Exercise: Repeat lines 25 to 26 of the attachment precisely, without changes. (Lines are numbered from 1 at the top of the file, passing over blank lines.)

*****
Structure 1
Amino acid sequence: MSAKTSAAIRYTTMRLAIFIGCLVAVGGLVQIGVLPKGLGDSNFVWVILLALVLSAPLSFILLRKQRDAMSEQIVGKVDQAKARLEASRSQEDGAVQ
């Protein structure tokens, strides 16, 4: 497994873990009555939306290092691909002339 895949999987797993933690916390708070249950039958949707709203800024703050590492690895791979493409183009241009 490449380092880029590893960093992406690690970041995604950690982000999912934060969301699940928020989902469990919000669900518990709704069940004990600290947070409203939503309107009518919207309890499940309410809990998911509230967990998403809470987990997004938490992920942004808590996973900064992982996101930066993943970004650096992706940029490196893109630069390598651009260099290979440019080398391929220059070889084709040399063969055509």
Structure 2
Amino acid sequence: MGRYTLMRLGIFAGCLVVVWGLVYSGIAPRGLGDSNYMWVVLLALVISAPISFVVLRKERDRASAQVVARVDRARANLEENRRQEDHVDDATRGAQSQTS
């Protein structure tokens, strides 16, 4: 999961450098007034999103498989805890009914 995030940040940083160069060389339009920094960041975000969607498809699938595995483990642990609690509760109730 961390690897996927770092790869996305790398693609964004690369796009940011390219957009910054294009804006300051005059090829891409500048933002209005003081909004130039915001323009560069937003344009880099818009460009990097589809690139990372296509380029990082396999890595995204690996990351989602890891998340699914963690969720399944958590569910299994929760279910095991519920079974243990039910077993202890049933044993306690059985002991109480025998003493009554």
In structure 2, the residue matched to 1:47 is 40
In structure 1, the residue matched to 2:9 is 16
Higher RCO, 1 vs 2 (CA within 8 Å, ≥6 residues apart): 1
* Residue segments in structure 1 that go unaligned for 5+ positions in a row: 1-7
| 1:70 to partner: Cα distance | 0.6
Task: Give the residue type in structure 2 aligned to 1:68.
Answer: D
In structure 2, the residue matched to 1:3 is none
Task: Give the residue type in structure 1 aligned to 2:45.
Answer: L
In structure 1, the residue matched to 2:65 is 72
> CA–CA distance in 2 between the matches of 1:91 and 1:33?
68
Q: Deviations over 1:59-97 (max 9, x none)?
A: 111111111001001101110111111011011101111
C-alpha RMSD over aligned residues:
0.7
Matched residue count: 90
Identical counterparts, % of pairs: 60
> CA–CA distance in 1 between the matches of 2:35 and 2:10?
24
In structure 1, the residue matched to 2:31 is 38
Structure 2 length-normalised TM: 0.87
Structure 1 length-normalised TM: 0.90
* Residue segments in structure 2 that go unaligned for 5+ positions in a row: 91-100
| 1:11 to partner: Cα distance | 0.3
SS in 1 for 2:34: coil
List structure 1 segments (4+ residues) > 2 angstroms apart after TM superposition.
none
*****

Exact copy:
Identical counterparts, % of pairs: 60
> CA–CA distance in 1 between the matches of 2:35 and 2:10?